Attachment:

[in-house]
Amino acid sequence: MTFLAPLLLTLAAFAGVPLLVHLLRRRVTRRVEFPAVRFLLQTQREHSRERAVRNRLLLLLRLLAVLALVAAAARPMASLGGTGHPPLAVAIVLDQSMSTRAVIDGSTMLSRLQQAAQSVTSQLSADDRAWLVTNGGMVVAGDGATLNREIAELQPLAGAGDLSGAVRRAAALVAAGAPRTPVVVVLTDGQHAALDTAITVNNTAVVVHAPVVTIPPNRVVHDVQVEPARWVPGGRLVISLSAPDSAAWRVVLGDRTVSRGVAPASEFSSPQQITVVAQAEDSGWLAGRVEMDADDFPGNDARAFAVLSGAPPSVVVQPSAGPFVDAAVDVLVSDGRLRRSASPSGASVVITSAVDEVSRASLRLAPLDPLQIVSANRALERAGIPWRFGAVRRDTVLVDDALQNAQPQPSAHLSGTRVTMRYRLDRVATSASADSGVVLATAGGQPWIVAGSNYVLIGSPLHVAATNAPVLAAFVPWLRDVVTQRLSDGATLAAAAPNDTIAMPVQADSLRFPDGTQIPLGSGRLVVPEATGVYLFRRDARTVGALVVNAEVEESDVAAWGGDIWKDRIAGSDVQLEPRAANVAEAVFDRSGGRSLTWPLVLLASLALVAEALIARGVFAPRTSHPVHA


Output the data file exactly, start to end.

[in-house]
Amino acid sequence: MTFLAPLLLTLAAFAGVPLLVHLLRRRVTRRVEFPAVRFLLQTQREHSRERAVRNRLLLLLRLLAVLALVAAAARPMASLGGTGHPPLAVAIVLDQSMSTRAVIDGSTMLSRLQQAAQSVTSQLSADDRAWLVTNGGMVVAGDGATLNREIAELQPLAGAGDLSGAVRRAAALVAAGAPRTPVVVVLTDGQHAALDTAITVNNTAVVVHAPVVTIPPNRVVHDVQVEPARWVPGGRLVISLSAPDSAAWRVVLGDRTVSRGVAPASEFSSPQQITVVAQAEDSGWLAGRVEMDADDFPGNDARAFAVLSGAPPSVVVQPSAGPFVDAAVDVLVSDGRLRRSASPSGASVVITSAVDEVSRASLRLAPLDPLQIVSANRALERAGIPWRFGAVRRDTVLVDDALQNAQPQPSAHLSGTRVTMRYRLDRVATSASADSGVVLATAGGQPWIVAGSNYVLIGSPLHVAATNAPVLAAFVPWLRDVVTQRLSDGATLAAAAPNDTIAMPVQADSLRFPDGTQIPLGSGRLVVPEATGVYLFRRDARTVGALVVNAEVEESDVAAWGGDIWKDRIAGSDVQLEPRAANVAEAVFDRSGGRSLTWPLVLLASLALVAEALIARGVFAPRTSHPVHA